What Is the Difference Between a State and Federal Crime?

Understanding Jurisdiction and Sovereignty at the State and Federal Level

A person can be charged for a state crime, a federal crime, or both. Most crimes are prosecuted at the state level and are handled through municipal and county district courts.

Certain crimes, however, may be prosecuted at the federal level. For instance, offenses that are committed on federal property, violate the Constitution or an Act of Congress, or involve interstate commerce may all be prosecuted at the federal level.

Furthermore, there are certain crimes which can be charged at both the state and federal level.

Determining Jurisdiction

Jurisdiction is the right or power that a court has to hear a case. A federal court has jurisdiction over a number of different cases, including crimes that are committed on federal property, those involving interstate commerce, and when there is a Constitutional violation, congressional act, or it can be established that there is a sufficient nexus between the act and the federal government.

State vs. Federal Investigations

State crimes are investigated by local law enforcement, including county sheriff agencies, local police departments, and state patrols. Federal crimes are investigated by a multitude of different agencies, including:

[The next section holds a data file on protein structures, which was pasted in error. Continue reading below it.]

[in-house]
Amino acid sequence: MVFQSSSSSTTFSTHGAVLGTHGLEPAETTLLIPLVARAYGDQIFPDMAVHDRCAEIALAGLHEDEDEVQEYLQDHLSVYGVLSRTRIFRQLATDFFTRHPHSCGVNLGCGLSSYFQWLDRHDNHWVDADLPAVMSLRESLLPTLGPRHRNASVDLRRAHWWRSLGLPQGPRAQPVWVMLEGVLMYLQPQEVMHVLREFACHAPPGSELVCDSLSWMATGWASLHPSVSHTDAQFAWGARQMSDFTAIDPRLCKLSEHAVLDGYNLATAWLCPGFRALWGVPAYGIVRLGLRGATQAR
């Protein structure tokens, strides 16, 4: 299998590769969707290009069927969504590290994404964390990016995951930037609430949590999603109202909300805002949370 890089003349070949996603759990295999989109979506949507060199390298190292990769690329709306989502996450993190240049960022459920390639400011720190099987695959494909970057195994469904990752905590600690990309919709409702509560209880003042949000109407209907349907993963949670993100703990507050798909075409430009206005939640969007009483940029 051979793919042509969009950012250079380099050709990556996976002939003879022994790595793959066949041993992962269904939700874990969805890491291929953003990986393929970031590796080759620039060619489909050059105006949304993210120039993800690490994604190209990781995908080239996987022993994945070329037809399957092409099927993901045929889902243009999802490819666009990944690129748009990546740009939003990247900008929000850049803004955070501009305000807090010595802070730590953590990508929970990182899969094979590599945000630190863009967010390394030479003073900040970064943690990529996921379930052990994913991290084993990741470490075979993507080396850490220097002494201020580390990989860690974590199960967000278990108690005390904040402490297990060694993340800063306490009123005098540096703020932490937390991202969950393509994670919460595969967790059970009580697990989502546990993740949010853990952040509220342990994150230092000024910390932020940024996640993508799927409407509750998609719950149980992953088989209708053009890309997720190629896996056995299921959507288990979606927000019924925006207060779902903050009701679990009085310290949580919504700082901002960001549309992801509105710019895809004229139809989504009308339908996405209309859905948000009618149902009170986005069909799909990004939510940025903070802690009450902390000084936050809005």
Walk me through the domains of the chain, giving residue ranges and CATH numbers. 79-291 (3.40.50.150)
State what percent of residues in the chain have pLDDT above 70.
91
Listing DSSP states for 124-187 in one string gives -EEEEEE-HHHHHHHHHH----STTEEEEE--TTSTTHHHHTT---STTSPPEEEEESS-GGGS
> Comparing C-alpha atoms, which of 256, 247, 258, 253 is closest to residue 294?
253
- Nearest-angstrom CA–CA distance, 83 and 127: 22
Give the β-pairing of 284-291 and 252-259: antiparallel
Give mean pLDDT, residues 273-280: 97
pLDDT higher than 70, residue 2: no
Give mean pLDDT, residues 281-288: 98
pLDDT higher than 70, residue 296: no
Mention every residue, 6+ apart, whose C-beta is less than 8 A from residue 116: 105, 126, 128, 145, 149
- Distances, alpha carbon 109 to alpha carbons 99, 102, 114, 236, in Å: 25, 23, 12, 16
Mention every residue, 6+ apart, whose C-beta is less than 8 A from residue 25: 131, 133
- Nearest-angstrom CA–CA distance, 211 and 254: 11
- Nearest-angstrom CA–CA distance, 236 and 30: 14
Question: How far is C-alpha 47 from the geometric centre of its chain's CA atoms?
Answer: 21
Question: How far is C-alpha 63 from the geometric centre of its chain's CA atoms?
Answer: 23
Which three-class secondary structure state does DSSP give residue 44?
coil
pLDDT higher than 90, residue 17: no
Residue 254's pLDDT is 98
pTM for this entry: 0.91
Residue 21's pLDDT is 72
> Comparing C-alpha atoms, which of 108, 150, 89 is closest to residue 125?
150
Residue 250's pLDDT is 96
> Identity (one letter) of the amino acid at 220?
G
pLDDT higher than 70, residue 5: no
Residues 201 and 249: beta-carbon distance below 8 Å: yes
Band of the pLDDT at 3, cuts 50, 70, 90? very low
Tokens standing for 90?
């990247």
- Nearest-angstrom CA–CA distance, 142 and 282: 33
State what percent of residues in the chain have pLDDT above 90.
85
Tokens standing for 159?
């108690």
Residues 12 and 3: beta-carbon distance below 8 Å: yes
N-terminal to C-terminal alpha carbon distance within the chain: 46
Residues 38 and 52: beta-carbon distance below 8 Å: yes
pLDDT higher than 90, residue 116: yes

• Federal Bureau of Investigations (FBI)
  • Drug Enforcement Administration (DEA)
  • Customs and Border Protection
  • Internal Revenue Service (IRS)
  • Postal Service
  • Immigration and Customs Enforcement

In many cases, multiple agencies will work in coordination with each other to investigate a crime.

State vs. Federal Prosecutions

State crimes are turned over to a County District Attorney for prosecution. In Houston, state crimes are prosecuted by the Harris County District Attorney’s Office. Criminal matters are heard in municipal or county district courts, depending on the case. Federal crimes are turned over to the United States Department of Justice and prosecuted by United States Attorneys. Matters are heard in United States District Courts.

In Houston, federal cases are heard out of the Southern District of Texas. It is vital to understand that state and federal crimes are handled differently. There are specific court procedures that differ depending on where your case is being heard. You will want to retain an attorney who is familiar with both the state and federal courts and their unique processes.

Hire an Experienced State and Federal Defense Attorney

A criminal charge for a state crime is entirely independent of a federal offense, even if it is for the same or similar act. It is essential to hire an experienced criminal defense attorney that practices out of both state and federal courts. 

Attorney James Alston is a former state and federal prosecutor. After eight years as a state prosecutor with the Harris County District Attorney’s Office, he was hired as an Assistant United States Attorney assigned to the Organized Crime Drug Task Force. Now, as a board-certified criminal law attorney, he is recognized as one of Houston’s leading defense attorneys. Mr. Alston fights hard to protect the rights and the future of his clients.

Contact James Alston Law today at (713) 228-1400 to schedule a consultation and get the solutions you need.